Challenges in Informatics: Patching, Hacking and Exploiting - FAQ

















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Last updated on 06.11.10 20:24

Frequently Answered Questions


the main rules can be found on this web page

FAQ and clarifications

  1. Does the use of automated tools include software like nessus, nmap and hydra?
    In a way: yes. But then you'll probably don't need them anyway (see point 3 below). In the rare opportunities where you might find them useful, you can apply them in your local network without any restrictions but you shoudln't use them extensively on other team's network. If you do, limit their bandwidth and aggresiveness so that you don't DoS other parties or the VPN-server (as it's the routing bottleneck).
    A rule of thumb(!) is, that you may use them as long as you don't start more than 10 TCP/Connections per second and don't waste the VPN-server's bandwidth (bottleneck), i.e. try to use less than 1MBit/s for scanning and such. But again: you'll most probably don't need scanning because experience says that hacking into other team's workstations and routers is typically impossible unless you own an unpublished zero-day exploit. In addition, hacking into those machines doesn't get awarded with scores. Anyway, you're free to do that if you want to.
  2. Is password cracking allowed?
  3. Will there be standard applications or custom for the competition?
    Completly custom. That's why you probably don't need nessus and such anyway.
  4. Will the source code be provided so that our programmer can apply patches as needed?
    For most service there will be source code available. But it's possible that there will be minor number of challenges without source code.
  5. Will it be ethically wrong to utilize google for this competition?
    Not at all.
  6. Can we attack the workstations of the other team's users? Can these machines be firewalled?
    Workstations can be firewalled, that's no problem. You may also attack other team's workstations - but these actions are not scored ;-)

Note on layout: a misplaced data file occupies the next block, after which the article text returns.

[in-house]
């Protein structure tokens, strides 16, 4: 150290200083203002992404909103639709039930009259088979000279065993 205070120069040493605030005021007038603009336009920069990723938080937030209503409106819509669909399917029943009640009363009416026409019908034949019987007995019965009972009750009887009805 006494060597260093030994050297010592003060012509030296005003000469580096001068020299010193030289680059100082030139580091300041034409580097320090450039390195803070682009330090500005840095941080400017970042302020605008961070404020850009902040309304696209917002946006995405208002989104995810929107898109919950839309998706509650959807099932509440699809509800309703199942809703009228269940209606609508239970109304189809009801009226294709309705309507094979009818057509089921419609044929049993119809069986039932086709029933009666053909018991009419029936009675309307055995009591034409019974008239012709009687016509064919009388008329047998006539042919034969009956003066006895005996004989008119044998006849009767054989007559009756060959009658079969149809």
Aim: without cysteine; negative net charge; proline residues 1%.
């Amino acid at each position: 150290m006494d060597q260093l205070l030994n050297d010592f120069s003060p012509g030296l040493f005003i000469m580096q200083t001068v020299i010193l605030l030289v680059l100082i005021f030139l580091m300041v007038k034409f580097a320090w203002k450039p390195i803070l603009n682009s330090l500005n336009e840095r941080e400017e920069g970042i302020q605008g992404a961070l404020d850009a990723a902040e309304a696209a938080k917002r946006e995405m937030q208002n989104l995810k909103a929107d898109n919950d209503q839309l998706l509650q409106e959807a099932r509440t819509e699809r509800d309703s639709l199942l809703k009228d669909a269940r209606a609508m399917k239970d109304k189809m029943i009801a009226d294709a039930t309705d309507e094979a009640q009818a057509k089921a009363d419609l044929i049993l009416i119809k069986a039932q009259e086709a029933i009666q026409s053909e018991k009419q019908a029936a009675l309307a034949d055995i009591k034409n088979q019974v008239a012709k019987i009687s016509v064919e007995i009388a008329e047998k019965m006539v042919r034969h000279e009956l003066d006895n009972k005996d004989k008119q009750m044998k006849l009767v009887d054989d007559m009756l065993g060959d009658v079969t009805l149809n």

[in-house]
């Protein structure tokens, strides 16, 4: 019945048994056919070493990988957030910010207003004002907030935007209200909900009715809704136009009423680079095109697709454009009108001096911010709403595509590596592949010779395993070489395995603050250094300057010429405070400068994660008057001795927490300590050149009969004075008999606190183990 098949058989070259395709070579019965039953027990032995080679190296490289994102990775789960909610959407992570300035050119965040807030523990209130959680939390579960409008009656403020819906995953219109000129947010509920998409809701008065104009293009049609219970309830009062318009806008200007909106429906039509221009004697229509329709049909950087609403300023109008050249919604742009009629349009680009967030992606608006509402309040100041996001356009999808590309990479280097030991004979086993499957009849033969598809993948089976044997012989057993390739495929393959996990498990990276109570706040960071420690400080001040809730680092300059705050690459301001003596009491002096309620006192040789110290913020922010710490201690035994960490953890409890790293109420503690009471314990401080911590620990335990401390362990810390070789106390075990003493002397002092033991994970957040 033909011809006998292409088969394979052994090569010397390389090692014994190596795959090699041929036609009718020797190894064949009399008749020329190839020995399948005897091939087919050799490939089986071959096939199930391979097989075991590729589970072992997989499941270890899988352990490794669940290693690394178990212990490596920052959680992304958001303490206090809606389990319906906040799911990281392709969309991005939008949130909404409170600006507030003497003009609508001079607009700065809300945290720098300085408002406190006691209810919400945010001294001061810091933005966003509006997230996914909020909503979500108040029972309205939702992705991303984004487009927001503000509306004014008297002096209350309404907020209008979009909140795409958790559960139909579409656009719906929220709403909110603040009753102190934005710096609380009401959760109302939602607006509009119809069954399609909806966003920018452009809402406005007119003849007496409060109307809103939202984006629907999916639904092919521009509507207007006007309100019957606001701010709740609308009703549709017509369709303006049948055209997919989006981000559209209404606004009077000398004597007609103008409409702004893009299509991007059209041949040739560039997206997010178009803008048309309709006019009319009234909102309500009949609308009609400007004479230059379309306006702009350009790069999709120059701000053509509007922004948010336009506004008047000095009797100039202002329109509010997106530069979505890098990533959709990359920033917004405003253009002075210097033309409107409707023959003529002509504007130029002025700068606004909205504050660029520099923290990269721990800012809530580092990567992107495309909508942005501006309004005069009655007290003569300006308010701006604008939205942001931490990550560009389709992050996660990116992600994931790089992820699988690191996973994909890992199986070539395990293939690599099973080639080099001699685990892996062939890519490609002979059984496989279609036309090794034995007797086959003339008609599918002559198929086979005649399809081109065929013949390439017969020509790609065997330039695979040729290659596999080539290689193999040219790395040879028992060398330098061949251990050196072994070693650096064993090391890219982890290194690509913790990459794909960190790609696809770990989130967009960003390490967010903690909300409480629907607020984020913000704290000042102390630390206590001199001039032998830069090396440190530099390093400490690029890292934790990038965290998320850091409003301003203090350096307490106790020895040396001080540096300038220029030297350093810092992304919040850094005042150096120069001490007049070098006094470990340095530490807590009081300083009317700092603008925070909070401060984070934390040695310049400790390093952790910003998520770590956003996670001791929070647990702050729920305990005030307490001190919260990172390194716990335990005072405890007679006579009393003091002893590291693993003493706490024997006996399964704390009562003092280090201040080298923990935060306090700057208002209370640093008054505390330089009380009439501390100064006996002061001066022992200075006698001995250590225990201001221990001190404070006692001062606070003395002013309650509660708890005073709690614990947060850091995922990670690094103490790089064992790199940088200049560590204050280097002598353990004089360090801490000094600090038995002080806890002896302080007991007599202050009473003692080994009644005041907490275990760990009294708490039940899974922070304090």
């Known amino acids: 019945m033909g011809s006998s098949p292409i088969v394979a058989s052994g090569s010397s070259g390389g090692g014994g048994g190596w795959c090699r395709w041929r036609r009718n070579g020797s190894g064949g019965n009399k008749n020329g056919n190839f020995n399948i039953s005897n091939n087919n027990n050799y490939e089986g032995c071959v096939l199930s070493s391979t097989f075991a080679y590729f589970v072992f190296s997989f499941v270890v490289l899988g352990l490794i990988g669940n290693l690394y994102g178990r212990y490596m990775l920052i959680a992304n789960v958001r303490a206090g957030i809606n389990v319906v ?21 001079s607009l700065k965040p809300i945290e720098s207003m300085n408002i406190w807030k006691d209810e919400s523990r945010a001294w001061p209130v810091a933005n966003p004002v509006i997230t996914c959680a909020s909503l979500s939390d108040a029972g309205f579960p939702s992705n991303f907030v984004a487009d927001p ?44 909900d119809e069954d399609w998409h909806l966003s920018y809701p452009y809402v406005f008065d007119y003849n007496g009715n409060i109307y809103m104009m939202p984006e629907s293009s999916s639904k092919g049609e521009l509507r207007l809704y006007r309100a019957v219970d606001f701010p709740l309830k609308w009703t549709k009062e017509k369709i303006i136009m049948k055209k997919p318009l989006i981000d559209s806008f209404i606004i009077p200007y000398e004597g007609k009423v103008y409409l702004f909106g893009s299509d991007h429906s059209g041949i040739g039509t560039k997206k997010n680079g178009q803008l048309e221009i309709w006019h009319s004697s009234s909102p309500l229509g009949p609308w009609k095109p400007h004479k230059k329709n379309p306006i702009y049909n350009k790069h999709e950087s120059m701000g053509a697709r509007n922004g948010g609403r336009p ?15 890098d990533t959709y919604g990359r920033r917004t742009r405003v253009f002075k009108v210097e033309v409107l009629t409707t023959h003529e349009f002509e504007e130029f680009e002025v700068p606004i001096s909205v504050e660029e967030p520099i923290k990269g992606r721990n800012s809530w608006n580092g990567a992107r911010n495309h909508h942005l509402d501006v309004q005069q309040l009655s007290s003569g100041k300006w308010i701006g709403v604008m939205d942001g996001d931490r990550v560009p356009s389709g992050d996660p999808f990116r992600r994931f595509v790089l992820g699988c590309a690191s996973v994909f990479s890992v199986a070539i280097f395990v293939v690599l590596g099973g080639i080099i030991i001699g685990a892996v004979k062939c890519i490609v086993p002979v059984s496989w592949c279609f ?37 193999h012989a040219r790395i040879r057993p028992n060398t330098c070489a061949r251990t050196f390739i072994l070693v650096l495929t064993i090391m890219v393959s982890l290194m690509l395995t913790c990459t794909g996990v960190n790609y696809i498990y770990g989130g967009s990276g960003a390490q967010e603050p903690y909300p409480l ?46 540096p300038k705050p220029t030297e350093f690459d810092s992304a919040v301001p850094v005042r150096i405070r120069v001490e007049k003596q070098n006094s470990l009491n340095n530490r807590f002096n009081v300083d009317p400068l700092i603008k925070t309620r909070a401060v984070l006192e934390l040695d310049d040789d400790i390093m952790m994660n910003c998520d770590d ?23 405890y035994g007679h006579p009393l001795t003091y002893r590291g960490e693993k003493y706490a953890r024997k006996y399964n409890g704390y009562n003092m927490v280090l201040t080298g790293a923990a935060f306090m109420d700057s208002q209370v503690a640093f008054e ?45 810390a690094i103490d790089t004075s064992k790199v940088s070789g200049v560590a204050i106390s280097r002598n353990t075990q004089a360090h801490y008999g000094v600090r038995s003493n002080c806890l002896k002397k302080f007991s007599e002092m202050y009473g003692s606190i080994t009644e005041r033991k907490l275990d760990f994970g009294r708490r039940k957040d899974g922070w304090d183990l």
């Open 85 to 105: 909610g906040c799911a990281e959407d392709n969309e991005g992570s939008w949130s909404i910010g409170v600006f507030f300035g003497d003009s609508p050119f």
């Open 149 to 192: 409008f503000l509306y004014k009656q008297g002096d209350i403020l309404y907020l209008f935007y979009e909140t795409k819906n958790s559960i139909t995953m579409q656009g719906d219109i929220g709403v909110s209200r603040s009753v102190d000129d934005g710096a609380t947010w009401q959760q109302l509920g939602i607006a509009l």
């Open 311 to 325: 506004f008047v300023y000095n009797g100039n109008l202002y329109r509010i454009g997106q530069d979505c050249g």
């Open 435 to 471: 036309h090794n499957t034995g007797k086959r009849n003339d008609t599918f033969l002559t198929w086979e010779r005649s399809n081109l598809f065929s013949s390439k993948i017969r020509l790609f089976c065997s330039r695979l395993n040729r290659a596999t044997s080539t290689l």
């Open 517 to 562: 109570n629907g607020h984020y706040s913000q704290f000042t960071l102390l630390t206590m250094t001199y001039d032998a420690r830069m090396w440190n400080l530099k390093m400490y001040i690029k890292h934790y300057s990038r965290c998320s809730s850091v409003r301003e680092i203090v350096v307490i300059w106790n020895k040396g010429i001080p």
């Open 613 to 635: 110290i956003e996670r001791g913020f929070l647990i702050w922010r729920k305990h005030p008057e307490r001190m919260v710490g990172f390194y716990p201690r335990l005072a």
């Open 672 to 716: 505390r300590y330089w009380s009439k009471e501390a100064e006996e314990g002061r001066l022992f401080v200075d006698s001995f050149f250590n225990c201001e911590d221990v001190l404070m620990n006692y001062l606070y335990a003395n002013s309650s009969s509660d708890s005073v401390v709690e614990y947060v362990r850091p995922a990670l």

7. Can we do Layer 7 filtering (watching for buffer overflows for example) and then using the L7 NetFilter plugin to filter related attacks? Or do we have to do this without any sort of filtering on the server.
    In contrast to former CTF events, we do not allow L7-Filtering any more.
    In fact, any kind of filtering that is not done in the applications themselves is considered against the rules.
  8. So, how about filtering at all? ANY kind of context based checks are against the rules - that goes also for any other information provided in IP, TCP, or if that matters, HTTP-headers.
    Or more generally speaking: any filtering that tries to distinct between players and gameserver is against the rules, as are filters that work on OS- or network level. Filtering is only allowed either in the application themselves - and only if it filters for "attack"/"non attack".
  9. Can the kernel be recompiled with the openwall or grsec security patches in place... patching that would limit/prevent buffer overflows?
    Recompiling the kernel is allowed. BUT: patches that would limit/prevent buffer overflows are not allowed. Remember that the exercise is about application layer security and not about creating an OS that works around insecure applications.
    Note however, that all kernel level measures that are active due to our configuration are considered OK.

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